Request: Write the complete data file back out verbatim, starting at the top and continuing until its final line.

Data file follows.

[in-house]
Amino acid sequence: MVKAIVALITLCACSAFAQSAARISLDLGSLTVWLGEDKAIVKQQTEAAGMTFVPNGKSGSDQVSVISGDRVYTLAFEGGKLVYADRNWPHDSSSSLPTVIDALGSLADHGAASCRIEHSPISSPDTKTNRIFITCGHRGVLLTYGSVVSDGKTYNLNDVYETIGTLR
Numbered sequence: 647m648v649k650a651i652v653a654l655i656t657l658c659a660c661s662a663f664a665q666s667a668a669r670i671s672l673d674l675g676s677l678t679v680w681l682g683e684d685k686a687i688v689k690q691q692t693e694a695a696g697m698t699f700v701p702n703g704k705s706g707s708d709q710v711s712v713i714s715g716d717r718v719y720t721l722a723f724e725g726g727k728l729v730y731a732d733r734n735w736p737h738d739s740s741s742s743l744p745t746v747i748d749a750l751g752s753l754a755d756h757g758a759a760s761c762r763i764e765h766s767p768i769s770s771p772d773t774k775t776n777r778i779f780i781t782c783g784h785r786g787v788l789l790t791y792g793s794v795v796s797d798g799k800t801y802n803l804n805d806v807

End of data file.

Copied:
[in-house]
Amino acid sequence: MVKAIVALITLCACSAFAQSAARISLDLGSLTVWLGEDKAIVKQQTEAAGMTFVPNGKSGSDQVSVISGDRVYTLAFEGGKLVYADRNWPHDSSSSLPTVIDALGSLADHGAASCRIEHSPISSPDTKTNRIFITCGHRGVLLTYGSVVSDGKTYNLNDVYETIGTLR
Numbered sequence: 647m648v649k650a651i652v653a654l655i656t657l658c659a660c661s662a663f664a665q666s667a668a669r670i671s672l673d674l675g676s677l678t679v680w681l682g683e684d685k686a687i688v689k690q691q692t693e694a695a696g697m698t699f700v701p702n703g704k705s706g707s708d709q710v711s712v713i714s715g716d717r718v719y720t721l722a723f724e725g726g727k728l729v730y731a732d733r734n735w736p737h738d739s740s741s742s743l744p745t746v747i748d749a750l751g752s753l754a755d756h757g758a759a760s761c762r763i764e765h766s767p768i769s770s771p772d773t774k775t776n777r778i779f780i781t782c783g784h785r786g787v788l789l790t791y792g793s794v795v796s797d798g799k800t801y802n803l804n805d806v807